“9 out of 10 times I have a clear idea beforehand what kind of music I want. I usually hear music inside my head when I read/write a script so I go out searching for something similar. However there are of course limitations, especially when you have a close to nothing budget. This doesn’t mean you can’t get good music, it just means you have to spend a lot of time searching.”

Are royalty payments and clearance issues a stumbling block for filmmakers when searching for music?

“A friend of mine recently made a documentary where there was a scene with some old people singing for about 20 seconds. She had to clear the rights for the song and pay to use it. That’s just insane. I just wish it was easier (and not expensive) to use small bands and artists. I can understand that you have to pay a lot if you want to use The Beatles, but I think many not so well know bands could benefit from letting filmmakers use their music for free.”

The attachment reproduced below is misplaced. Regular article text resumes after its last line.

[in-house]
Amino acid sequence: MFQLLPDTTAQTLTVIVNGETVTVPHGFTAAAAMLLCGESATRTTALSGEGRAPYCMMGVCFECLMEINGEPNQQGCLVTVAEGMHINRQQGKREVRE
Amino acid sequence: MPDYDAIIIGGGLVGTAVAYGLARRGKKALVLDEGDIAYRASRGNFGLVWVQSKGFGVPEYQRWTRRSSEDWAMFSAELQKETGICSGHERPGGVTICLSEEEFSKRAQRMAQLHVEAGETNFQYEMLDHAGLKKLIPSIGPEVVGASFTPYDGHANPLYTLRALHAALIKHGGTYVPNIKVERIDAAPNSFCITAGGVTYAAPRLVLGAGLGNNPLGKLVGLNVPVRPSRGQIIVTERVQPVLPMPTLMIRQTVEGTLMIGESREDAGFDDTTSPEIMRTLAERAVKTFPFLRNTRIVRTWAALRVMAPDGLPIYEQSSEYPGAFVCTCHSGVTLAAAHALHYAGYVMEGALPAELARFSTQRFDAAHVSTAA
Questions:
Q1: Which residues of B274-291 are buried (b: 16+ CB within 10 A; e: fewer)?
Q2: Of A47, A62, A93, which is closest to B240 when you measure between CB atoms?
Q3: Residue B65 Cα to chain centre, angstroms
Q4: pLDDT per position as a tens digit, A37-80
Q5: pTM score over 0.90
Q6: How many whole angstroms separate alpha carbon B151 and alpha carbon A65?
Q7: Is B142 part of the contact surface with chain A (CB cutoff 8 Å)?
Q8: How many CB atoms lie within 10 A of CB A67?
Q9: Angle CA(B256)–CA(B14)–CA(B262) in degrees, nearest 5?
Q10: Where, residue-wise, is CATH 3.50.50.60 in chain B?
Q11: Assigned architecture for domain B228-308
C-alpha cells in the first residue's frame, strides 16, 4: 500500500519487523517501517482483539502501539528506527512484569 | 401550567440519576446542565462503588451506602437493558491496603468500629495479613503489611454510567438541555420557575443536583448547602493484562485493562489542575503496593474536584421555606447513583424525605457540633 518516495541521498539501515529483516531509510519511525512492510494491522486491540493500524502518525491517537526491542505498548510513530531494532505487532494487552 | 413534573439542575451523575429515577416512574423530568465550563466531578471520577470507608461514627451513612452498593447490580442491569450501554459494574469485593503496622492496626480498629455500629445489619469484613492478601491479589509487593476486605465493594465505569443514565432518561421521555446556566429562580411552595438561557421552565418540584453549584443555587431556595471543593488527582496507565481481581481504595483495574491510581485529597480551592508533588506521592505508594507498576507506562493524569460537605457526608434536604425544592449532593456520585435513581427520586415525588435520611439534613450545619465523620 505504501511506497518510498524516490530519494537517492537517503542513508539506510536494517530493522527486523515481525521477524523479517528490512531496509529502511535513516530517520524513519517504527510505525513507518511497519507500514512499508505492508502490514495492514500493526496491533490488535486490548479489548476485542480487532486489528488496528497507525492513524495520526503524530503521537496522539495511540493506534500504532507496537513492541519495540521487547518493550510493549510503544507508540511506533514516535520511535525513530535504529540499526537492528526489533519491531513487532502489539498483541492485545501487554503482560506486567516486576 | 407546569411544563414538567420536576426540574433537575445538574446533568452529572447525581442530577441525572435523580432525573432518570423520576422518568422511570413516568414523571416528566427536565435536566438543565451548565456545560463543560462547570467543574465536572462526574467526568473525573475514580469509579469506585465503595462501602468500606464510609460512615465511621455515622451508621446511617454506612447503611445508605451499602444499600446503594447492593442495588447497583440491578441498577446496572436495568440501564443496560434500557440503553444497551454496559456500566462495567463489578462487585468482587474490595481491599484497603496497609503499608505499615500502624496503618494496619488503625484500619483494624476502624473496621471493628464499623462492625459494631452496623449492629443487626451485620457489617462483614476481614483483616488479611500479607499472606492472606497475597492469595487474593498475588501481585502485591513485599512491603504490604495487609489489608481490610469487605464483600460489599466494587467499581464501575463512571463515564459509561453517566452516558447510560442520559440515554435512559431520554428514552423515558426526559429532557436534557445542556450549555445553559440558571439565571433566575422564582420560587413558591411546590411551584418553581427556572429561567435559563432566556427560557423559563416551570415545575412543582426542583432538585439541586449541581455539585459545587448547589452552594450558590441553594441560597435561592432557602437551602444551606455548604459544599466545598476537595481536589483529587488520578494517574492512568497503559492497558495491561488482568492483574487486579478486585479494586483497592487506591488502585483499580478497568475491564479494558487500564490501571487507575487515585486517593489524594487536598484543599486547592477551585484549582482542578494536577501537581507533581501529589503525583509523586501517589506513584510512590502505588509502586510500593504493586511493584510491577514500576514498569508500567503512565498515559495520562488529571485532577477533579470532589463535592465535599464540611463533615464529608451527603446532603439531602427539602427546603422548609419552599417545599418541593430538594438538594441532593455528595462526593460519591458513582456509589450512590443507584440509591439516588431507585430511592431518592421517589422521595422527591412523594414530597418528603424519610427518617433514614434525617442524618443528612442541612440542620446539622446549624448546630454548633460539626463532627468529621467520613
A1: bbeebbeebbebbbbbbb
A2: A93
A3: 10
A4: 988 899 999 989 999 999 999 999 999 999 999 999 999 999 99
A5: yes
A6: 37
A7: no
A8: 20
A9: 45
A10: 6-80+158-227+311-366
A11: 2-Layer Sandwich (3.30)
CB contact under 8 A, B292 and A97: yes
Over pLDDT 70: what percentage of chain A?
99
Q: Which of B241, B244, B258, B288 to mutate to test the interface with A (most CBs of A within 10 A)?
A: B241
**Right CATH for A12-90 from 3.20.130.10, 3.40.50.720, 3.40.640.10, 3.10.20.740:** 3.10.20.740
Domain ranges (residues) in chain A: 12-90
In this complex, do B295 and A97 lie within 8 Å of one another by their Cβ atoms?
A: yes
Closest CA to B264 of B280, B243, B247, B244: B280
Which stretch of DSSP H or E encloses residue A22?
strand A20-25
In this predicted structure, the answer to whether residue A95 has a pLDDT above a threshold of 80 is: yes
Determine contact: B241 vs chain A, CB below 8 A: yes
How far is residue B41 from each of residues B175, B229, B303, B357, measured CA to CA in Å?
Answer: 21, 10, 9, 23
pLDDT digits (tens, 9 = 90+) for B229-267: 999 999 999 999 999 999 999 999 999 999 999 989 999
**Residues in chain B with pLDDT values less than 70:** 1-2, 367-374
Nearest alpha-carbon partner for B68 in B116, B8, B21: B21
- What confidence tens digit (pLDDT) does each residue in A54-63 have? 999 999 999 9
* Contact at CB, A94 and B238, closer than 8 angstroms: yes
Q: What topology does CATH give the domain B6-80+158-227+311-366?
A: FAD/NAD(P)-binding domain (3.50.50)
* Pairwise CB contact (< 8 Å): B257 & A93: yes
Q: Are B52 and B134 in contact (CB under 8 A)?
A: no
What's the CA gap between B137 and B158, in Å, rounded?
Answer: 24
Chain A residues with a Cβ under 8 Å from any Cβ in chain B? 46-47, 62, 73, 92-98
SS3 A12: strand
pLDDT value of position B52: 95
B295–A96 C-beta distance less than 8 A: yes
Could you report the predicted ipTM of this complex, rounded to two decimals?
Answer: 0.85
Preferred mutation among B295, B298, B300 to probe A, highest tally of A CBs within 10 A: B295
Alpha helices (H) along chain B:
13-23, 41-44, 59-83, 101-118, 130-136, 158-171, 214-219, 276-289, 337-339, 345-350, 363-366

Can pieces of music ever offer the director ideas for storylines and edits?

“Yes! Absolutely. This happens to me all the time. I believe that some songs are just meant to be used in film. The first time you hear them you can see the outline of a scene or a montage in your head. For example. The first time I heard Coldplay’s ‘Life in Technicolor ii’, I could see the opening scene of a movie. But you could never get the clearance to use it.”

How did you go about choosing music for your film, ‘Nemesis’?

“In this film I decided to go with a well known classical work by Saint Saens for the opening scene (Aquarium from Carnival of the Animals). I love this song because it instantly creates a mood and takes you somewhere exiting. So we decided to have just a few seconds of the song before the image started, hoping to send the viewer to magical place before he saw the films first image. Also I love to play with expectations, and it was fun to play some really exciting music, and then cut to an ordinary man on a bus.”